Mine didn’t grow at all during pregnancy, much to my disappointment. When my milk came in- they did then become bigger (still only somewhere between and A and B probably), I exclusively breastfed both DD and my second baby DS for 6 months with no problems at all (would have considered topping up with formula if I’d needed to, am not trying to sound smug!! I just genuinely didn’t have problems with supply, and neither of them were small babies!), and I continued breastfeeding both of them alongside solids until they were around 18 months. Have a friend who also has tiny boobs that didn’t have any problems either. I think breastfeeding problems are common in general, but I don’t think the size of your boobs matters, not in my experience anyway. Currently pregnant with number 3 and hoping it’s as straightforward a third time!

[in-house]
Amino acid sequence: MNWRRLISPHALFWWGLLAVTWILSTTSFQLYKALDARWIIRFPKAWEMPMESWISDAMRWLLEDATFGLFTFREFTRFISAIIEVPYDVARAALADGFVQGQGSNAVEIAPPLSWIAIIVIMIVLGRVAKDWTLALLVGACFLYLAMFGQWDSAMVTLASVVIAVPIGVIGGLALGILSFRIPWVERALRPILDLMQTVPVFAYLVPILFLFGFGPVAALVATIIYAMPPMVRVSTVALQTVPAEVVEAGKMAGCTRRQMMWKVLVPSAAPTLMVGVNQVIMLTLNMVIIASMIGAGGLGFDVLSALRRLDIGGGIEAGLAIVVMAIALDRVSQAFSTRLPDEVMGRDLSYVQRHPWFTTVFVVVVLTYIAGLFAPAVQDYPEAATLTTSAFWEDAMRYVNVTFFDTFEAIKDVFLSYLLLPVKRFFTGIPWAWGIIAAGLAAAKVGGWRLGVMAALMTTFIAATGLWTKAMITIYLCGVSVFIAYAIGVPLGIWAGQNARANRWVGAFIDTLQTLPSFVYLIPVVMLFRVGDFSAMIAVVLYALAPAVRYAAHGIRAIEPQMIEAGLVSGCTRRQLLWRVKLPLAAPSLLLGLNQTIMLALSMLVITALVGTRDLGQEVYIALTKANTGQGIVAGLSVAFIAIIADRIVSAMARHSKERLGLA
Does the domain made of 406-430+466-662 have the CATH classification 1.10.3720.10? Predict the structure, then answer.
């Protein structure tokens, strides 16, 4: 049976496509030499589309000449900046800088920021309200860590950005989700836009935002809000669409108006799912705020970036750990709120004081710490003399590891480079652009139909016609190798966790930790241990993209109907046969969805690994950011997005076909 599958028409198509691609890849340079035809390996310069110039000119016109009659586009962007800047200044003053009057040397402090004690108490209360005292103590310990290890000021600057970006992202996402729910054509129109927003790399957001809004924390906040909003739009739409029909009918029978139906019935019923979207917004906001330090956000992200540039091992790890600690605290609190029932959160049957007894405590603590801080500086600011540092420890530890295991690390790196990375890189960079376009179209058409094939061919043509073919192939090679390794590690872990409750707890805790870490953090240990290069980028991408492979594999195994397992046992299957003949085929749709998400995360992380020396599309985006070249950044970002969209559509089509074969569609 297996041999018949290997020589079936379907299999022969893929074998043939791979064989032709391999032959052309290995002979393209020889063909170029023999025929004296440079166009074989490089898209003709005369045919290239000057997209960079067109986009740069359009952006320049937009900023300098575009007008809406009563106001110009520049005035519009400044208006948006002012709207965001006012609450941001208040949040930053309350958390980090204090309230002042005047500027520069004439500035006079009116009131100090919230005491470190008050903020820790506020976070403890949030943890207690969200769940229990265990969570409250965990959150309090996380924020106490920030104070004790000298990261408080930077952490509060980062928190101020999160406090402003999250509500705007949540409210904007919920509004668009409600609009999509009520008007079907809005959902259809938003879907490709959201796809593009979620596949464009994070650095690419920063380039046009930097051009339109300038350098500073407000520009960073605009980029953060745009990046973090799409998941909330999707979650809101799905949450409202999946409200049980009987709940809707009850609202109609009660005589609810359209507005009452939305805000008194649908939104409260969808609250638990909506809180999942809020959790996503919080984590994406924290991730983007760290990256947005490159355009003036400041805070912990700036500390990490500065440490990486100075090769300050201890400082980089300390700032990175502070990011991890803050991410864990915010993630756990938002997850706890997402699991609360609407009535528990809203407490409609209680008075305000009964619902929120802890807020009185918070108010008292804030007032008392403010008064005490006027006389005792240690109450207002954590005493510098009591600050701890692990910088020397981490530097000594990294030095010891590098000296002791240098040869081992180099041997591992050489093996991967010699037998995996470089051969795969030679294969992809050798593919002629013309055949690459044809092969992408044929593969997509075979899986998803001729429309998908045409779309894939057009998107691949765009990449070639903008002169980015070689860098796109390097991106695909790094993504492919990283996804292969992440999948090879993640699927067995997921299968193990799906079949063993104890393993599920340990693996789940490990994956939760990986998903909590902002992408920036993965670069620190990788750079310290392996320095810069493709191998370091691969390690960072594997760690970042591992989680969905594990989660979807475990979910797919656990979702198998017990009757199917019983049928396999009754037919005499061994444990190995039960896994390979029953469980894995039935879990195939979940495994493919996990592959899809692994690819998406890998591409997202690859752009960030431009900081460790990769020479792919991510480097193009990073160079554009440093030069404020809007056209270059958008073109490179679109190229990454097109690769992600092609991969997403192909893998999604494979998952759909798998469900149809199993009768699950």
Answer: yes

LuckyCat22 Fri 09-Oct-20 12:20:01

@Seventytwoseventythree thanks for the info, I hadn't heard of independent lactation consultants so I will def do some research on that.

@RoseGoldEagle thats really reassuring, thank you. sounds like we have very similar breasts so good to know that growth does not affect supply! As its my first I don't know what to expect but hoping to try BF and see how it goes, maybe do a bit of both so baby daddy can get involved too. x

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addler Fri 09-Oct-20 12:34:27

I'm in a similar position, I've thought I had tubular breasts for years due to the shape/spacing etc although they're not very small, but then again I think most of what I stuff in a bra is fat tissue. I have PCOS so there's correlation there. I never went to the GP as thought it was just cosmetic, and it wasn't until I started researching breastfeeding I found it can cause problems.

My breast haven't changed at all, which although like PP said doesn't necessarily mean there will be a problem it does make me anxious when combined with the other symptoms of IGT. My nipples have darkened and became slightly larger, and I can express drops of colostrum but unfortunately that doesn't correlate to sufficient supply.